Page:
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Patients at third of practices suffer complications after swine flu misdiagnosis

By Steve Nowottny

Exclusive: More than a third of GP practices across the country have had patients suffer complications after being misdiagnosed with swine flu, a Pulse poll of more than 200 practices reveals.

37% of those surveyed said they were aware of patients who had suffered complications ranging from mild adverse reactions to Tamiflu to severe cases of tonsillitis, meningitis and pneumonia. Three of the 205 GPs and practice managers surveyed reported that one of their patients had died after being misdiagnosed.

91% of respondents called on the Government to review its policy of offering Tamiflu to all patients with swine flu symptoms. Earlier this month prescribing experts called for an urgent review of the NHS's use of Tamiflu, amid concerns that the public had been misled about the drug's effectiveness.

One GP, who asked not to be identified, said a patient had died from meningitis after being incorrectly diagnosed over the telephone, while practices in Dorset and Wiltshire also reported that one of their patients had died.

Another GP in Derbyshire said a three-year old girl had been diagnosed with swine flu and given Tamiflu by the National Pandemic Flu Service, but was subsequently diagnosed with bacterial pneumonia and admitted to hospital a few days later.

‘It was unlikely she ever had swine flu,' the GP told Pulse. ‘It is near-impossible to diagnose a febrile illness over the phone, and I am afraid one could miss meningitis or other serious illnesses by presuming it is swine flu.'

A GP in Tyne and Wear, said one of her patients first thought to have swine flu had subsequently been diagnosed with salmonella, and was admitted to hospital after becoming extremely dehydrated.

A range of lesser side-effects to antiviral treatment were also widely reported by GPs, including vomiting, diarrhoea and lethargy.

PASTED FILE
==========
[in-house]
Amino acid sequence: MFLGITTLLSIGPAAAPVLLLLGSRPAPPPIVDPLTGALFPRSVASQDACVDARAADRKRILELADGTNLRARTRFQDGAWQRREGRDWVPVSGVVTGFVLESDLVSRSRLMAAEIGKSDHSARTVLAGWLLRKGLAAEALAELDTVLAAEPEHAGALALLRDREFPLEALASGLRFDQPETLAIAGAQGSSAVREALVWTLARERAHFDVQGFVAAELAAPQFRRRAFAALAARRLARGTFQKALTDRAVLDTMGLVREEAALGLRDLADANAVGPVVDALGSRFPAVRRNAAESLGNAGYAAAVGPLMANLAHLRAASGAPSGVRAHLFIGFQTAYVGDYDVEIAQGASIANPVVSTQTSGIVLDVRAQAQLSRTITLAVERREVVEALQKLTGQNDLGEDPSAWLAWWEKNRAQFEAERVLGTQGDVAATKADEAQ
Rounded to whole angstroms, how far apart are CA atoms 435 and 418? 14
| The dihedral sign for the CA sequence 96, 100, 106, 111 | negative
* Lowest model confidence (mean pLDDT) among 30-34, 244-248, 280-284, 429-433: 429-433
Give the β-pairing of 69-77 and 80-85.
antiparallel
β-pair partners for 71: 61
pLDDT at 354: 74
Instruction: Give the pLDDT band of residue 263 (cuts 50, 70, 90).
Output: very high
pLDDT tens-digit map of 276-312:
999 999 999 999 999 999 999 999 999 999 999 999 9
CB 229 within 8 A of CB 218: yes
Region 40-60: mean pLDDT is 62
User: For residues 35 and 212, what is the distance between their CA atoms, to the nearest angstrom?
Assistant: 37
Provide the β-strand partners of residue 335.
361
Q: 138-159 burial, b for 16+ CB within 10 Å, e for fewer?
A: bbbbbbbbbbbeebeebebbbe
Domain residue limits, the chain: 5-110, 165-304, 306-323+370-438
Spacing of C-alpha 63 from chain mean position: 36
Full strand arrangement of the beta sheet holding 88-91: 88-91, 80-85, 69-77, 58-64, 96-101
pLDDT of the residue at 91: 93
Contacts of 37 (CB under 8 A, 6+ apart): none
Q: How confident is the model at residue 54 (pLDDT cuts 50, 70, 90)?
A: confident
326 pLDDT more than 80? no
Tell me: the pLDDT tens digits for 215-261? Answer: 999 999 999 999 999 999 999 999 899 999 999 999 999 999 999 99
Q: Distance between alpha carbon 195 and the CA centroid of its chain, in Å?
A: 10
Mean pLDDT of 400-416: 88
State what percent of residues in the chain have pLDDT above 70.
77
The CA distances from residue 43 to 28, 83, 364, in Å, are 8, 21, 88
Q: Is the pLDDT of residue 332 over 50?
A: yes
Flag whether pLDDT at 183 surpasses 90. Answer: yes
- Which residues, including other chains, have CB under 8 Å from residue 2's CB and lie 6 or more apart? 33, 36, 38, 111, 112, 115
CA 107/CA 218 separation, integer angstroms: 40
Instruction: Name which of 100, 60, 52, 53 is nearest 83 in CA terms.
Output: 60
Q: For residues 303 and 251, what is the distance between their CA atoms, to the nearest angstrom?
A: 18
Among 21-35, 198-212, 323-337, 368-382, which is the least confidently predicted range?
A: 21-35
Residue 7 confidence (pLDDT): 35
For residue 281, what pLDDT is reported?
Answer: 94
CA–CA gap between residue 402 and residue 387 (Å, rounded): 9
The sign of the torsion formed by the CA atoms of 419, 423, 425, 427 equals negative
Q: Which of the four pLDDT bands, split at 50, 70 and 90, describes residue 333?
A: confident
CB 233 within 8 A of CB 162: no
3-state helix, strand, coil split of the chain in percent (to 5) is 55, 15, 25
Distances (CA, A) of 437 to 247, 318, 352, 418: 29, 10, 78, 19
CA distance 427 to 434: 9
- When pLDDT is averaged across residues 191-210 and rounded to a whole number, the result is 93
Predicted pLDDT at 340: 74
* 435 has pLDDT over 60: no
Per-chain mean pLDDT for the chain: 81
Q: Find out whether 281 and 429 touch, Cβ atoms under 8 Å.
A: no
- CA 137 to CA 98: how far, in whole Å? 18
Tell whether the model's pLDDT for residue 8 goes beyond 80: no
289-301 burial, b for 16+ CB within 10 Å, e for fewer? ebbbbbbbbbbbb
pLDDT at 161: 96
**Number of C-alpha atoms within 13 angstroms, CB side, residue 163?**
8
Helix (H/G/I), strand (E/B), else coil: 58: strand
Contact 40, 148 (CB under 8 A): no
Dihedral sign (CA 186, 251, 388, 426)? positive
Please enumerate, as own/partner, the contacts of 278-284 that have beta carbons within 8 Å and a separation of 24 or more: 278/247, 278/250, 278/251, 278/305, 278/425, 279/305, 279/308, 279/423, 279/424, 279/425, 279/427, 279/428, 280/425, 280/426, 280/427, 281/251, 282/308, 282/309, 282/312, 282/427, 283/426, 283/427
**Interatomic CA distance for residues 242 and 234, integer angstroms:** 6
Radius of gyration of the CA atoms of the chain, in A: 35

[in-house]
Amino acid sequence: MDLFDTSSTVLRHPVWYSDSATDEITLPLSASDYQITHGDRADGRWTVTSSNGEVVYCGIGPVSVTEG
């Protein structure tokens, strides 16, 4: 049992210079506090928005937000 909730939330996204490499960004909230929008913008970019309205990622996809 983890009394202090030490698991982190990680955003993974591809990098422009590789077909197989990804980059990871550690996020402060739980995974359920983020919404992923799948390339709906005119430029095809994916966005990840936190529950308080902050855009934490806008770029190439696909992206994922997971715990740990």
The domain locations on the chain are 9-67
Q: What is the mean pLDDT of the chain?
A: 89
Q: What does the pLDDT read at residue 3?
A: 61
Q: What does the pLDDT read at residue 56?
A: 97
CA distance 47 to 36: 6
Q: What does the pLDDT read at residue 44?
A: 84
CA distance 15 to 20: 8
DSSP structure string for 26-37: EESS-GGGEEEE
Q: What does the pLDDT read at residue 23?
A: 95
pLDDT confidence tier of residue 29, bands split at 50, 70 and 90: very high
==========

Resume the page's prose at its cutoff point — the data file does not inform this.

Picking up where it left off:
Dr Ellen Wright, a GP in Greenwich, south London, whose son contracted swine flu early in the first wave of the pandemic, said mild adverse reactions to antivirals had been widely reported.

‘There have been a lot of complications, especially in children given it in schools at the beginning of the outbreak, and I suspect that's what a lot of GPs have been seeing,' she said.

‘There's new evidence that shows that resistance in developing in the US and their Food and Drugs Administration is reviewing its policy. It's time for the Department of Health to review it too.'

Patients at one in three practices have suffered complications after they were misdiagnosed with swine flu Patients at one in three practices have suffered complications after they were misdiagnosed with swine flu Poll findings

37% of respondents said a patient at their practice had suffered complications after being misdiagnosed with swine flu

91% of respondents said the Government should review its policy of offering Tamiflu to all patients with swine flu symptoms

Source: Pulse poll of 205 GPs and practice managers, 16-18 September 2009

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